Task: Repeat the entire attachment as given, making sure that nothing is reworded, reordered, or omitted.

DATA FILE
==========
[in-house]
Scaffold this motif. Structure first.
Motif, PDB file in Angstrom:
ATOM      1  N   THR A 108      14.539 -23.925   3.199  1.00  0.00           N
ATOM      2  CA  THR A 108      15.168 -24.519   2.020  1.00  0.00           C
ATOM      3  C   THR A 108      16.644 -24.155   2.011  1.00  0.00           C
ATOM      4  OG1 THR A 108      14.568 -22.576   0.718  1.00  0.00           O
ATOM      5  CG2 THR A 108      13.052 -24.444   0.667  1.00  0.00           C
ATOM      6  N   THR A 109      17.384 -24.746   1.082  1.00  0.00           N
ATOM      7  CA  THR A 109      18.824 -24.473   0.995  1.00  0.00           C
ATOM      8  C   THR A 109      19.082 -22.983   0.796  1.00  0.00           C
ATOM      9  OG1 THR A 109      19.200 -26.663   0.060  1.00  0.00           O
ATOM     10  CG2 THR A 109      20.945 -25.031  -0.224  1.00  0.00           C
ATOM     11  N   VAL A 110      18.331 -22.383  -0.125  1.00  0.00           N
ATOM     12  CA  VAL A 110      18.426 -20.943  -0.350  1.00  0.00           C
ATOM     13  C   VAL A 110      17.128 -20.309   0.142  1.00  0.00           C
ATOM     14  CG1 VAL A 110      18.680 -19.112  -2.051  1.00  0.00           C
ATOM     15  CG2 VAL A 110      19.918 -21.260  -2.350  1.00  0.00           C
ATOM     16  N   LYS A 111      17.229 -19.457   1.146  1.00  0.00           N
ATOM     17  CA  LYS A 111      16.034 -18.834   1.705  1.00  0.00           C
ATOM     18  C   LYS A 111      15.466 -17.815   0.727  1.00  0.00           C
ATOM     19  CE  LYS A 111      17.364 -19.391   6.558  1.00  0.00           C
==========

[in-house]
Scaffold this motif. Structure first.
Motif, PDB file in Angstrom:
ATOM      1  N   THR A 108      14.539 -23.925   3.199  1.00  0.00           N
ATOM      2  CA  THR A 108      15.168 -24.519   2.020  1.00  0.00           C
ATOM      3  C   THR A 108      16.644 -24.155   2.011  1.00  0.00           C
ATOM      4  OG1 THR A 108      14.568 -22.576   0.718  1.00  0.00           O
ATOM      5  CG2 THR A 108      13.052 -24.444   0.667  1.00  0.00           C
ATOM      6  N   THR A 109      17.384 -24.746   1.082  1.00  0.00           N
ATOM      7  CA  THR A 109      18.824 -24.473   0.995  1.00  0.00           C
ATOM      8  C   THR A 109      19.082 -22.983   0.796  1.00  0.00           C
ATOM      9  OG1 THR A 109      19.200 -26.663   0.060  1.00  0.00           O
ATOM     10  CG2 THR A 109      20.945 -25.031  -0.224  1.00  0.00           C
ATOM     11  N   VAL A 110      18.331 -22.383  -0.125  1.00  0.00           N
ATOM     12  CA  VAL A 110      18.426 -20.943  -0.350  1.00  0.00           C
ATOM     13  C   VAL A 110      17.128 -20.309   0.142  1.00  0.00           C
ATOM     14  CG1 VAL A 110      18.680 -19.112  -2.051  1.00  0.00           C
ATOM     15  CG2 VAL A 110      19.918 -21.260  -2.350  1.00  0.00           C
ATOM     16  N   LYS A 111      17.229 -19.457   1.146  1.00  0.00           N
ATOM     17  CA  LYS A 111      16.034 -18.834   1.705  1.00  0.00           C
ATOM     18  C   LYS A 111      15.466 -17.815   0.727  1.00  0.00           C
ATOM     19  CE  LYS A 111      17.364 -19.391   6.558  1.00  0.00           C